The CPWF worked in the Mekong from 2004-2014, during which time it operated two phases. During the first phase, CPWF activities in the region were coordinated by the Mekong River Commission, which oversaw the implementation of 12 projects. During the second phase, CPWF Mekong implemented 20 R4D projects across the Mekong River Basin, which spans six Southeast Asian countries (Lao PDR, Vietnam, Cambodia, Thailand, Myanmar, China).

In the Mekong, the CPWF aimed to reduce poverty and foster development by optimizing the use of water in reservoirs.

CPWF-Mekong’s specific goals were that reservoirs would:

Be managed in ways that are fairer and more equitable to all water users.
Be managed and coordinated across cascades to optimize benefits for all.
Be planned and managed to account for environmental and social needs.
Be used for multiple purposes besides alone.
Be better governed and the benefits better shared.

You can learn more about CPWF-Mekong’s work, outputs and outcomes here.

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Development of the Mekong, particularly for hydropower, is the single largest intervention to affect water use, management and productivity in the river basin today. Dams are vital to the economies and development potential of the basin’s countries, while reservoirs provide opportunities for irrigation and mitigating the impact of climate change. CPWF aimed to increase the benefits derived from reservoirs and minimize the negative impacts of these developments. In other words, CPWF Mekong set out to improve the livelihoods and ecological benefits derived from reservoirs and their catchments without impairing the economic and social gains they provide. The program also tried to see if additional benefits could be derived through changes in reservoir management and dam operation, again without affecting already projected economic and social gains from these dams. CPWF Mekong aimed to learn if these benefits could be further increased through sequential dam management, both within countries and across borders. The overarching issue of improved water and hydropower governance required to enable and deliver these benefits were addressed by creating platforms for dialogues between the many stakeholders involved across the region.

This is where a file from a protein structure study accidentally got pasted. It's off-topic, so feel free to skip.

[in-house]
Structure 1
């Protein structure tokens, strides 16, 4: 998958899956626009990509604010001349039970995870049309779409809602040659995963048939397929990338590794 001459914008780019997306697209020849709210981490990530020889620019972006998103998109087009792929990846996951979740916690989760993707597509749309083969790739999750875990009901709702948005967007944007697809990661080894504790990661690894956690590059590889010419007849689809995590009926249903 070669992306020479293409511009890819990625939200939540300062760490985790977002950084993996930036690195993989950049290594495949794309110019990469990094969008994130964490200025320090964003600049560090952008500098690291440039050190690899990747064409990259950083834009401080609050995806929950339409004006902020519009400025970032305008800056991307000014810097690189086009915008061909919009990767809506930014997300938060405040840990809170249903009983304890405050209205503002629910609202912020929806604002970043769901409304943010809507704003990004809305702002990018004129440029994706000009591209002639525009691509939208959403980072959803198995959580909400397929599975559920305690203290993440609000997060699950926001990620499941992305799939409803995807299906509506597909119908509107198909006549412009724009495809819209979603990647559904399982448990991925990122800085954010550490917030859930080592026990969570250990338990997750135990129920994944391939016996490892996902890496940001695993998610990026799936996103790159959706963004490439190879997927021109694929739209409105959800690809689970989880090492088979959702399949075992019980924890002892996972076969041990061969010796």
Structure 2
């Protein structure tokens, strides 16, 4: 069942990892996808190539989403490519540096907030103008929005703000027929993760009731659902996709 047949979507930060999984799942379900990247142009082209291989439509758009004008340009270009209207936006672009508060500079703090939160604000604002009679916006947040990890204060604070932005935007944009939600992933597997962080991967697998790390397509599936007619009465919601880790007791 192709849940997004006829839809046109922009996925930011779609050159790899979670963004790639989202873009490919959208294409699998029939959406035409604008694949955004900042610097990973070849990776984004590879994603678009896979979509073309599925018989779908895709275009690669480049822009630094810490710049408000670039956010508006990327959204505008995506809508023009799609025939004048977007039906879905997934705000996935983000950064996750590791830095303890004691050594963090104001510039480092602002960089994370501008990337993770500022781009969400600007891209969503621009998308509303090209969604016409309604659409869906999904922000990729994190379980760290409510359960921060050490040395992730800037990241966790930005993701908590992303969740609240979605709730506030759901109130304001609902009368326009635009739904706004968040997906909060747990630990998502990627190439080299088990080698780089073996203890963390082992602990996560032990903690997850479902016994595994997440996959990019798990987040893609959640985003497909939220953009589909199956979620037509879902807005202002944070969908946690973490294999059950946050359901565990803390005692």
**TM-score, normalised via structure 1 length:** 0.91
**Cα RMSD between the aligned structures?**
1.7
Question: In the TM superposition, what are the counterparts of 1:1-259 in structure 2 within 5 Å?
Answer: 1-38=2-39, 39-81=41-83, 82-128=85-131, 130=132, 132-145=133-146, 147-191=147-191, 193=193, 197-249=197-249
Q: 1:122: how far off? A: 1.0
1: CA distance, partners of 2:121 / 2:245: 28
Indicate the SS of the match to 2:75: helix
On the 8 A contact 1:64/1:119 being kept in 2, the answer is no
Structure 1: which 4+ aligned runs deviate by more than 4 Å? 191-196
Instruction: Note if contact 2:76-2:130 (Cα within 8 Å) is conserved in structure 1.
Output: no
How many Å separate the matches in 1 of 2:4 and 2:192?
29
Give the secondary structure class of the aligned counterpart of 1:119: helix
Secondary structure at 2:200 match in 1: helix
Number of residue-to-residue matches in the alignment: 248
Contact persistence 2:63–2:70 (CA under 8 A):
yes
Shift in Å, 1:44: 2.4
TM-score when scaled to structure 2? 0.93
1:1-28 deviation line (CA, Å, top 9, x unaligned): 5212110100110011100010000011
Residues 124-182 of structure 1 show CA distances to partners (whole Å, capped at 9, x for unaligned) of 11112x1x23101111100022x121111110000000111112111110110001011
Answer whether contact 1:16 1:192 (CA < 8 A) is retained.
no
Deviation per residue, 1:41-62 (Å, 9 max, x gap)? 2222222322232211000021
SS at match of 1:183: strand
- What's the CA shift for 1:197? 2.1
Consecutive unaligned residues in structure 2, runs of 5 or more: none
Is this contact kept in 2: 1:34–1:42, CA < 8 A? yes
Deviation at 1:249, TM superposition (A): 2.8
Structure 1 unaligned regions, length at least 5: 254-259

In the end, CPWF had 76 formal partners and was the largest R4D network in the region.  As a dynamic, multi-disciplinary, multi-national, multi-scale research-for-development network that delivers world-class research and generates significant developmental impacts, these achievements are commonly considered to be the program’s most significant outcomes.

CPWF Mekong’s projects were scaled; at the lowest level, the program looked at individual dam sites, through catchments, and, finally, at the basin scale. At the lowest scale, CPWF-Mekong studied the Lower Sesan 2, a dam planned for construction in northeastern Cambodia; the Yali Falls Dam, in the Central Highlands of Vietnam; and the Theun Hinboun Expansion Project, a dam under construction in central Lao PDR.

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